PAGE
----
Orson Welles Narrates Plato’s Cave Allegory, Kafka’s Parable, and Freedom River

Orson Welles. A brilliant director. A talented actor. And not a bad narrator of animated films. We know one thing. The whole is often greater than the sum of the parts. So, today, we’re serving up three animated films narrated by Welles, plus some classic radio broadcasts.

We start with an animated version of Plato’s Cave Allegory from 1973. The allegory is the most well known part of The Republic (Download – Kindle), and Welles reads the famous lines delivered by Socrates. Perfect casting. This is hardly the first animation of the cave allegory. Partially Examined Life has a roundup of 20 animations, but we’re always partial to this brilliant version done with claymation.

In 1962, Orson Welles directed The Trial, a film based on Franz Kafka’s last and arguably best-known novel. The film begins auspiciously with Welles narrating an animated version of “Before the Law,” a parable from The Trial. And then the dramatic film unfolds. Later in his life, Welles told the BBC, “Say what you will, but The Trial is the best film I have ever made. I have never been so happy as when I made that film.”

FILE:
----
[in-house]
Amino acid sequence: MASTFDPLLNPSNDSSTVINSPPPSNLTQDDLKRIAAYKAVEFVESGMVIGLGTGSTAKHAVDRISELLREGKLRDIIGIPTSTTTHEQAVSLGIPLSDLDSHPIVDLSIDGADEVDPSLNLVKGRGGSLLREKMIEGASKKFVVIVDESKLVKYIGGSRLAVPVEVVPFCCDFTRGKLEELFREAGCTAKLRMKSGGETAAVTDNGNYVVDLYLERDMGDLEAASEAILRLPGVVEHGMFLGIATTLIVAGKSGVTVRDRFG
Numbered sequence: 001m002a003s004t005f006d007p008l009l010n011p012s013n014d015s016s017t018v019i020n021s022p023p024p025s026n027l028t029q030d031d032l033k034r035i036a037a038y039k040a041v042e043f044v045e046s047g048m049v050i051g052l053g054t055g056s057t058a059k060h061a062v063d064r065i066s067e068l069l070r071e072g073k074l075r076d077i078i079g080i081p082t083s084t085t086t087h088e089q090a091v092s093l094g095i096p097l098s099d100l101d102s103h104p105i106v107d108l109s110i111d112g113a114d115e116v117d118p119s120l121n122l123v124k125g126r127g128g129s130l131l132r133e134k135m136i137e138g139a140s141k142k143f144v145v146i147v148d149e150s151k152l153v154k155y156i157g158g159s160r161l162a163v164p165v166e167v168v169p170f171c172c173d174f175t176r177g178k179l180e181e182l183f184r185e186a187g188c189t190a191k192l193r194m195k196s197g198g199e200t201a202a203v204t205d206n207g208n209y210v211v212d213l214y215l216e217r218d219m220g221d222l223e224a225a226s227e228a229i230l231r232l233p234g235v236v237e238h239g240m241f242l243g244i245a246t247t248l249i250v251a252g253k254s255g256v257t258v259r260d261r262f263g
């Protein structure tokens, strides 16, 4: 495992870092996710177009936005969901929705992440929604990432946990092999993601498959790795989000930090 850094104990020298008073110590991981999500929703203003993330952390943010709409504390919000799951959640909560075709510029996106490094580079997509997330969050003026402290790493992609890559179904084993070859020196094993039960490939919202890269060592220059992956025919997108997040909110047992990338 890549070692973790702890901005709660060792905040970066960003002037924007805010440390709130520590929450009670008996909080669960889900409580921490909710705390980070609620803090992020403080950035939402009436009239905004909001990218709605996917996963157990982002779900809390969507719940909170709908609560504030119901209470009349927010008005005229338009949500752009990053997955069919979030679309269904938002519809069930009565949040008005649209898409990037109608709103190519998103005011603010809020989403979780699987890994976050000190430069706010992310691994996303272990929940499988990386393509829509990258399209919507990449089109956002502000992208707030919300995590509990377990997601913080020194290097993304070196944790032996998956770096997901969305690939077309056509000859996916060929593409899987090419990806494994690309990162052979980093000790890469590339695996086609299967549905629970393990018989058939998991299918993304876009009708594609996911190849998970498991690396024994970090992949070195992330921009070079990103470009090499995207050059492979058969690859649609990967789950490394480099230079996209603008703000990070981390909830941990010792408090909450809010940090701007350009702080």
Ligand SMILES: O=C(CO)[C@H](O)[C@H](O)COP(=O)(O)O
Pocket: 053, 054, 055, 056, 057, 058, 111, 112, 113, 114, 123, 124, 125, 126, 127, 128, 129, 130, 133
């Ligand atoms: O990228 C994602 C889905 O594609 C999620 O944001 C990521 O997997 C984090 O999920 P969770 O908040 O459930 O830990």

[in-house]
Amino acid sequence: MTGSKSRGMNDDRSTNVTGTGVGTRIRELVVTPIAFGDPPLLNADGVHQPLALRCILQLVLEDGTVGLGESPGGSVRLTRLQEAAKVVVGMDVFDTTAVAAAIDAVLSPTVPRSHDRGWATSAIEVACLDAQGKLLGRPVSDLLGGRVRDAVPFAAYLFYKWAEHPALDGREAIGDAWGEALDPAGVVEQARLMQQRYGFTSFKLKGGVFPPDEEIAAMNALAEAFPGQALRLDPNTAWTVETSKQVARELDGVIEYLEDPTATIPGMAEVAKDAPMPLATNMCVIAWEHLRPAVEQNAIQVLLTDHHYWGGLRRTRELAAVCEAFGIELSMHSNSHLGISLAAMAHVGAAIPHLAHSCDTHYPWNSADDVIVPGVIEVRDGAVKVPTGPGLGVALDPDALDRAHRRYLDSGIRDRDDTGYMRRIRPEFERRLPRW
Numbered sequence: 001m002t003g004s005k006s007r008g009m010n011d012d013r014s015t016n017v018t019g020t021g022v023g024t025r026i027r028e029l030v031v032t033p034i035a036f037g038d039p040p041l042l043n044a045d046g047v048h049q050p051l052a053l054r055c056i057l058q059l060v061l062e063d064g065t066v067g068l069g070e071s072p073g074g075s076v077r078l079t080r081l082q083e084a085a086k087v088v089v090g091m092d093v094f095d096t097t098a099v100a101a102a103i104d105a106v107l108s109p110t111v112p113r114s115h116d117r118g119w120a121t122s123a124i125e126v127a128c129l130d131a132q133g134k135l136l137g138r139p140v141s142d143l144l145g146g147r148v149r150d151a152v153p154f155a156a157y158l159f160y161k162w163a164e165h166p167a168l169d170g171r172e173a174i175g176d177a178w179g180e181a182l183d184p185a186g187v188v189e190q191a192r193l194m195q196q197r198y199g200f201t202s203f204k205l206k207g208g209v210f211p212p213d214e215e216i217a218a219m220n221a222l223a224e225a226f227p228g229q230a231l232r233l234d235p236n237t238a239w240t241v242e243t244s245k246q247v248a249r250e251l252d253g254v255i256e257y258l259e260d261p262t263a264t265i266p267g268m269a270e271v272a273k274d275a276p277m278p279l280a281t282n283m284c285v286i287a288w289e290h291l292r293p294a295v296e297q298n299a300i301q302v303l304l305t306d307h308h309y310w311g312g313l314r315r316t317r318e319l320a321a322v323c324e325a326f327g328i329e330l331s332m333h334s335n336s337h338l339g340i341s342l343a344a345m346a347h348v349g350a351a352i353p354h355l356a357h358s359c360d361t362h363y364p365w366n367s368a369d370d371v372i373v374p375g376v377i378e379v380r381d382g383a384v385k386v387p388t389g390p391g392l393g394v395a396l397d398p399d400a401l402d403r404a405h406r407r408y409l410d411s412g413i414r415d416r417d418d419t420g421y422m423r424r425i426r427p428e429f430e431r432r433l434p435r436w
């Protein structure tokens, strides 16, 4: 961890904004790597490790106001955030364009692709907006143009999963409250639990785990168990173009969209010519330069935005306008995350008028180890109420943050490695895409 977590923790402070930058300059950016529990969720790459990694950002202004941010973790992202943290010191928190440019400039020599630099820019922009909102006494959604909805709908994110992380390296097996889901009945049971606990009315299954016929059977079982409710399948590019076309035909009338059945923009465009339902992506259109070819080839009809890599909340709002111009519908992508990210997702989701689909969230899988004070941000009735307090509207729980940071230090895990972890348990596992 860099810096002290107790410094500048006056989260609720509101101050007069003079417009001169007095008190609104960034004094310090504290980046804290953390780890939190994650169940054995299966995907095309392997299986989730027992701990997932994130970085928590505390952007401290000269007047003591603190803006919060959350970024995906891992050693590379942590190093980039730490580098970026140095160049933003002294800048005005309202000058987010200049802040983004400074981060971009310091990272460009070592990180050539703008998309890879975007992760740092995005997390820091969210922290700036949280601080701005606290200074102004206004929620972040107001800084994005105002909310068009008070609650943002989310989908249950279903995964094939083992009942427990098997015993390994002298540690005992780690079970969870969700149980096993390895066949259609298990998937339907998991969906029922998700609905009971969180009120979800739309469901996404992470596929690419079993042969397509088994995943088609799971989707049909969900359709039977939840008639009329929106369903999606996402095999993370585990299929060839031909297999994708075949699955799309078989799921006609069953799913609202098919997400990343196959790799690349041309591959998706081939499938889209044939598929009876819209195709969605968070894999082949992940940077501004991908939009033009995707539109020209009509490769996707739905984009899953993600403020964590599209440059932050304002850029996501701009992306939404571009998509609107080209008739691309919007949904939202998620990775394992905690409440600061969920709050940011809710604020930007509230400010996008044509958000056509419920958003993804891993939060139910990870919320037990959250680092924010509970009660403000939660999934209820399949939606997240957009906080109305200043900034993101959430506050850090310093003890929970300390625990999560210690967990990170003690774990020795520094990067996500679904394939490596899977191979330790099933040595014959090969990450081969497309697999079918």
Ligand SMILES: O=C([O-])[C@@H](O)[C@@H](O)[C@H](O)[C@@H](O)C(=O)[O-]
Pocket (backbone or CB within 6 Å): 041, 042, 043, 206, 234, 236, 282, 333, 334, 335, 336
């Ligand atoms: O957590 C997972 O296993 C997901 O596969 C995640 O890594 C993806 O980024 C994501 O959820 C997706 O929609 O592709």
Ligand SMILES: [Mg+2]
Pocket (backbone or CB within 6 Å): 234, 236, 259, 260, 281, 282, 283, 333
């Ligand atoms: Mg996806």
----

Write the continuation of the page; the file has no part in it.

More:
The backstory behind this short animated film, Freedom River, deserves a little mention. According to Joseph Cavella, a writer for the film:

For several years, Bosustow Productions had asked Orson Welles, then living in Paris, to narrate one of their films. He never responded. When I finished the Freedom River script, we sent it to him together with a portable reel to reel tape recorder and a sizable check and crossed our fingers. He was either desperate for money or (I would rather believe) something in it touched him because two weeks later we got the reel back with the narration word for word and we were on our way.

Filmed 40 years ago, Freedom River offers some strong commentary on America, some of which will still resonate today.

Finally, if you can’t get enough of Orson’s voice, don’t miss The Mercury Theatre on the Air, Welles’ radio program that brought theatrical productions to the American airwaves from 1938 to 1941. You can still find the broadcasts online, including the legendary War of the Worlds program from 1938 (listen), and dramatized versions of Dickens’ A Christmas Carol (listen) and Around the World in 80 Days (click the first item in playlist).

The short films mentioned above appear in our collection of Free Movies Online, where you will also find some longer films by Welles.

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